After six weeks during which its government has faced increased criticism, Tanzania has finally reduced the amount of its controversial mobile money transaction levy – by 30 percent.
The move was originally justified by a need to raise revenue for the Sh36.68 trillion (just over $15.8 billion) budget for the 2021/22 financial year. It was calculated that a levy on mobile money transactions would haul in some Sh1.254 trillion (about $541 million).
As the Citizen newspaper explains, the government amended the Electronic and Postal Communication Act in June by imposing a levy of between Sh10 ($0.0043) and Sh10,000 ($4.31) on mobile money transactions, depending on the amount sent and withdrawn. The levy became effective on 15 July.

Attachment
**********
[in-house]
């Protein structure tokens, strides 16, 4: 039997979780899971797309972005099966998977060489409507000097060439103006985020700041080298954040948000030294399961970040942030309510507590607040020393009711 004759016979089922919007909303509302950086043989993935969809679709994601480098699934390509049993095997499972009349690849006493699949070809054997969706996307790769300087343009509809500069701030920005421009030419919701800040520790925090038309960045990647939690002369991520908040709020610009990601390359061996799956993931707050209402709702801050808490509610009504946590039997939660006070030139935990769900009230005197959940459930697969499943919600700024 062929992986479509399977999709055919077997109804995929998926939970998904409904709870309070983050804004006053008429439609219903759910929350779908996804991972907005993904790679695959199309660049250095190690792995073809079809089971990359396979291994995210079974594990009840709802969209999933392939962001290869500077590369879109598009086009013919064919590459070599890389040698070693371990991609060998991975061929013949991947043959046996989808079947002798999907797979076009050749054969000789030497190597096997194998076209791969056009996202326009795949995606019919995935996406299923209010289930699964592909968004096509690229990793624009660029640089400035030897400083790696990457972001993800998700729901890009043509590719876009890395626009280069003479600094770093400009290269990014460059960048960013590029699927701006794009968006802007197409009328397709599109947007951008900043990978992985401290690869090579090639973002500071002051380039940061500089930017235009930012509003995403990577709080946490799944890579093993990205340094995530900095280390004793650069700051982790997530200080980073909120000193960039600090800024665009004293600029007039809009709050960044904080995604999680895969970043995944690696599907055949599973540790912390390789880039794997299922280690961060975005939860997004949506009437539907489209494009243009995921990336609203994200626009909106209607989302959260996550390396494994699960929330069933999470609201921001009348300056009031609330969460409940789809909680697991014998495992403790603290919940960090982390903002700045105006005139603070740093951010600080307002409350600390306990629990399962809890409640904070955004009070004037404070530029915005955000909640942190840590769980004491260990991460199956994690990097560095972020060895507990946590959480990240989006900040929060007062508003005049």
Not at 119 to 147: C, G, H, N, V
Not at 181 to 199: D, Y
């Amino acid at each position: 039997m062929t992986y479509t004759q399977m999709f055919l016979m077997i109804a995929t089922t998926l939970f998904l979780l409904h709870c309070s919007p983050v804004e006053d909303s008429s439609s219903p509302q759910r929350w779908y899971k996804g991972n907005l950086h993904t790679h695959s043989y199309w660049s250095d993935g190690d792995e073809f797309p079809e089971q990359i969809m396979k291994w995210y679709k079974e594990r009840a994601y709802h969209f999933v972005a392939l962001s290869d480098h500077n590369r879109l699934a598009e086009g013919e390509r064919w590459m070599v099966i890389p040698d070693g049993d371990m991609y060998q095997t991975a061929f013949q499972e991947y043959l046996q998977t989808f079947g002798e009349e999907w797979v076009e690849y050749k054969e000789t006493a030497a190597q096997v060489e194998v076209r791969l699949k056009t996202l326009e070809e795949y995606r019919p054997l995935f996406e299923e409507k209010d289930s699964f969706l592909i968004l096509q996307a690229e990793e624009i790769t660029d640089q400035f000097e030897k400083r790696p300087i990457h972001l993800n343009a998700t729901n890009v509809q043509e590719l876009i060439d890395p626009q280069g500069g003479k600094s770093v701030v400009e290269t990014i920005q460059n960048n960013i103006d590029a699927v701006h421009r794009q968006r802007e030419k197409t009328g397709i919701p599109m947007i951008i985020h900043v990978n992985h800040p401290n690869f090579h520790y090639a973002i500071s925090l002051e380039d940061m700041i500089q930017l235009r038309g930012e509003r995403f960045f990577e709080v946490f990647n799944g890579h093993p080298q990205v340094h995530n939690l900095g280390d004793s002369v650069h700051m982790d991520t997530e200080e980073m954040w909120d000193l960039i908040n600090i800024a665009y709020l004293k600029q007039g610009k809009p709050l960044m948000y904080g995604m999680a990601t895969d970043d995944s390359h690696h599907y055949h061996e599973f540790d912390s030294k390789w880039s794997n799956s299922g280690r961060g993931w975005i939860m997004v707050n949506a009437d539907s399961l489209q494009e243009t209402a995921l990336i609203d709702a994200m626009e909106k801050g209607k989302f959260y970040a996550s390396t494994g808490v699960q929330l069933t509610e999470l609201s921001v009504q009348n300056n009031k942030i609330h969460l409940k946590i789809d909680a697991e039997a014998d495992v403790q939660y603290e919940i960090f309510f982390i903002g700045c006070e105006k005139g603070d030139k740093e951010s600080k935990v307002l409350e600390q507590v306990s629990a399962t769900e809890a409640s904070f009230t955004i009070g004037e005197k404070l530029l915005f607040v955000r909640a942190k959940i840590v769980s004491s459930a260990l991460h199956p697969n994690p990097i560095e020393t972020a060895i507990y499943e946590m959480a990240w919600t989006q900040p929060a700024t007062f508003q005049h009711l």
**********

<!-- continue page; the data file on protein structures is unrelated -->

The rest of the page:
As a guide, the newspaper calculates that, bringing all charges into play, sending mobile money to the value of Sh1 million ($431) to someone and having the money withdrawn would cost a total of Sh31,000 ($13.37) – a little under three percent of the total.
This was seen as far too high for many Tanzanians. It didn’t help much that it also seemed to undermine the aims of the second 2018-2022 National Financial Inclusion Framework (NFIF), whose vision is that “financial products and services meet the needs of individuals and businesses consistent with supporting livelihood, household resilience and creation of jobs".
A review was mandated in July. The Ministry of Finance and Planning then issued a statement on 31 August that amendments had been made to the Regulations for Electronic Transactions Levy for 2021 with a view to reducing the rates by 30 percent.
In addition, the statement said, the government has also held talks with mobile service providers, who have agreed to reduce the rates they charge on mobile financial transactions by 10 percent.